109. Counters for each throw
110. Foot and knee sweeps from standing
111. Counters for each sweep
112. Standing joint locking
113. Counters for each lock
114. Standing chokes
115. Counters for each choke
116. Have the ability to flow between the techniques
117. Basic self-defense
118. Physical conditioning (timing, endurance, speed, explosiveness, etc...)
119. Mental conditioning (focus, determination, pain tolerance, etc...)
120. Strategy

Now, while listing these 120 areas will bring some light to the issue, we really haven't gone into any depth. Let me give you some examples of depth. Let's take a look at the first area I mentioned: Mount escapes. Here are some questions I would ask you:

1. Are you effective with your upa escapes? What are the percentages with someone close to your own skill level?
2. How many upa escape variations do you know and can perform well?
3. How many upa escape variations can you perform reflexively?
4. How many of the upa escapes can you perform equally on both sides?
5. How much energy do you expend to effect your upa escapes?
6. How long does it take you to escape?
7. With whom can you repeatedly perform your upa escapes effectively? In other words, what kind of person gives you a difficult time when you are trying to employ ONLY the upa escapes?
8. When do you begin your upa escape?
9. How do you know when to begin your upa escape?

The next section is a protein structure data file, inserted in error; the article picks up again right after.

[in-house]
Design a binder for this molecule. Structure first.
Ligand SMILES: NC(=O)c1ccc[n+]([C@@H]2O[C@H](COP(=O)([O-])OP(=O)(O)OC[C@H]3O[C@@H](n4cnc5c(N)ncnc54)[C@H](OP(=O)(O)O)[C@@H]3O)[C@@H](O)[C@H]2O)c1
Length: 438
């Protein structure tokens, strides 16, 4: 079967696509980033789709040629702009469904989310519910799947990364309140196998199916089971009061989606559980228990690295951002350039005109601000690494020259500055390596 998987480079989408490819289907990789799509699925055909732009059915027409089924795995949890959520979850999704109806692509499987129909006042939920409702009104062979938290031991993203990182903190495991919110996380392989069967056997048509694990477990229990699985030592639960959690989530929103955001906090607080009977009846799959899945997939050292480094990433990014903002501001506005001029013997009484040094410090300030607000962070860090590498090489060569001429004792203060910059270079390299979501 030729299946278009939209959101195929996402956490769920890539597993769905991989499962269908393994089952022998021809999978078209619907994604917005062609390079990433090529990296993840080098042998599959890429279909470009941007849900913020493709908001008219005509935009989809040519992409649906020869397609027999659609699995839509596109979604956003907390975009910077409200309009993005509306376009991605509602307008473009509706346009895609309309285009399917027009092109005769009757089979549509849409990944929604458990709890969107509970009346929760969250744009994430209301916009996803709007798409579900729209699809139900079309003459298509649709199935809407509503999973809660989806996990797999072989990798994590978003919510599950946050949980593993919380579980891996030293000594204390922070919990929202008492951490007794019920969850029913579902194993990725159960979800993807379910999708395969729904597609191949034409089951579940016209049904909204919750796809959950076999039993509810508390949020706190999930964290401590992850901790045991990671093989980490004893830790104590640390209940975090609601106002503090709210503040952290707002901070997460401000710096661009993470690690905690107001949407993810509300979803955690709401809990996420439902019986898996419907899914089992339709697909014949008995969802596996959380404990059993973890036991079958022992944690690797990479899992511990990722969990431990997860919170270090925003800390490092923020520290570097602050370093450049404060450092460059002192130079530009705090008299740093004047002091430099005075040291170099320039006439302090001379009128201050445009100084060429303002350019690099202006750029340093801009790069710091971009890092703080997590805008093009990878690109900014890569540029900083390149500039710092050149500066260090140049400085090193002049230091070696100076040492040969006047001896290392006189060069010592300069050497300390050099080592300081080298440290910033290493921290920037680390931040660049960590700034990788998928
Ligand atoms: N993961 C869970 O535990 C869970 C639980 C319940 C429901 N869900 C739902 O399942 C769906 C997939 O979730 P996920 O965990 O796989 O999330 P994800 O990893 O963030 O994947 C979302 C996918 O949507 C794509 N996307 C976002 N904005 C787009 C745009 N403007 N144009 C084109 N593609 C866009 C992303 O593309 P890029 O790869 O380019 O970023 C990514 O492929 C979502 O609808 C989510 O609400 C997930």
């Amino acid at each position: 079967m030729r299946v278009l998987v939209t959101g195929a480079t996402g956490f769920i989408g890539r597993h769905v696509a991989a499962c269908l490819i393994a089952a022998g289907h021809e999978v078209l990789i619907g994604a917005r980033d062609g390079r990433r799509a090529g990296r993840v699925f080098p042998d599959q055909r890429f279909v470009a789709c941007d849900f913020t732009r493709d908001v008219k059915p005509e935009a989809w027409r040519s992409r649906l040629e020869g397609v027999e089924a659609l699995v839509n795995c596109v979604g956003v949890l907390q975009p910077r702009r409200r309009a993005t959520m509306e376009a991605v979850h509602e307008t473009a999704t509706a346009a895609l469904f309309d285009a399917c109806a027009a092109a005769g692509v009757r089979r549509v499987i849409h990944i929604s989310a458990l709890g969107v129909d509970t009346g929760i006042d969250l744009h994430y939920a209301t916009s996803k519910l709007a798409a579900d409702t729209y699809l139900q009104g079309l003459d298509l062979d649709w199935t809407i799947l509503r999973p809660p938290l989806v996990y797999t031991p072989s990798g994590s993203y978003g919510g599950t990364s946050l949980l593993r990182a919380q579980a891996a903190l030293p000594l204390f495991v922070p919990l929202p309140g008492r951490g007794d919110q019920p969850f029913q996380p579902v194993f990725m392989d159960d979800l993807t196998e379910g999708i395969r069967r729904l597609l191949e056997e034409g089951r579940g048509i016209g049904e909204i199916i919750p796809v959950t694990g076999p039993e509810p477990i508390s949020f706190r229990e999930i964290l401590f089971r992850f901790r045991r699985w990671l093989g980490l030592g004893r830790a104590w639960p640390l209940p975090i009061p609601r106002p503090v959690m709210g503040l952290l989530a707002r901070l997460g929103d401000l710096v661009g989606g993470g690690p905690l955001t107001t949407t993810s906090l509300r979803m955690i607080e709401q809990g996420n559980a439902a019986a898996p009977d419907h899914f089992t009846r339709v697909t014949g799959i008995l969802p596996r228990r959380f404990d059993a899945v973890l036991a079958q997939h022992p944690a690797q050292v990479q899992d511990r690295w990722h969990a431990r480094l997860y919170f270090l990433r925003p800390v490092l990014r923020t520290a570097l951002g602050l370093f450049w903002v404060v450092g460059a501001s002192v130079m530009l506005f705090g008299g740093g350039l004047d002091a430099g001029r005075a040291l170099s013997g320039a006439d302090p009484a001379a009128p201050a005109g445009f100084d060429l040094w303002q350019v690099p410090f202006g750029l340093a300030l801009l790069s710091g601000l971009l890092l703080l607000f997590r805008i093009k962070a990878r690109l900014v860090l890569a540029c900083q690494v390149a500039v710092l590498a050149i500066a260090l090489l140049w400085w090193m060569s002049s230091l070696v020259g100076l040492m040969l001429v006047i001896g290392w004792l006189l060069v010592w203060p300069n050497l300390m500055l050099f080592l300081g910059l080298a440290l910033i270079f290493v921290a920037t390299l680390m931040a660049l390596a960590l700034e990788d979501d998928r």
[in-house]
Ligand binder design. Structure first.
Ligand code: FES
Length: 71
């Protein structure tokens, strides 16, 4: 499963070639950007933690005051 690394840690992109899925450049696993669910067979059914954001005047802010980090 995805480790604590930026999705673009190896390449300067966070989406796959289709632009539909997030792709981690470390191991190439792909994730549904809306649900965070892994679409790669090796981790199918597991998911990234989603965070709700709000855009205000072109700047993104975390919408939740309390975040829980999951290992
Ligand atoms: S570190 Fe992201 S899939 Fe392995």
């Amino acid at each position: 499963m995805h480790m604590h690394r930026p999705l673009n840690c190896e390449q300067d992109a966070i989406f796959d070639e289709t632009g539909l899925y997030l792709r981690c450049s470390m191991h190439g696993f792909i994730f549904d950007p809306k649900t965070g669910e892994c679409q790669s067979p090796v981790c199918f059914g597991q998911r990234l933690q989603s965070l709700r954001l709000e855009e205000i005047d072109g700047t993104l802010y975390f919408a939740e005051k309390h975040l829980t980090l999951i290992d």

10. Are you upa escapes from your back as good as the upa escapes from your side?
11. Are you effective with your elbow/knee escapes? What are the percentages with someone close to your own skill level?
12. How many elbow/knee escape variations do you know and can perform well?
13. How many elbow/knee escape variations can you perform reflexively?
14. How many of the elbow/knee escapes can you perform equally on both sides?
15. How much energy do you expend to effect your elbow/knee escapes?
16. How long does it take you to escape?
17. With whom can you repeatedly perform your elbow/knee escapes effectively? In other words, what kind of person gives you a difficult time when you are trying to employ ONLY the elbow/knee escapes?
18. When do you begin your elbow/knee escape?
19. How do you know when to begin your elbow/knee escape?
20. Are your elbow/knee escapes as effective when your opponent is in mount position #1 as mount position #3?

By answering these twenty questions, you can begin to define your journey in effectiveness and see how far you are away from beginning your journey towards becoming efficient. Only by knowing exactly where you are can you move forward into more complex areas.

Now, these same twenty questions can be further expanded by comparing and contrasting the differences and similarities between your gi and your no gi work. Do you see how the road to effectiveness is a long one? Can you see how most will never even touch on the topic of efficiency as a blue or purple belt? While a person can understand the concept, actually training it will need to wait until they have become effective in the numerous, and important, fundamental areas within Jiu Jitsu.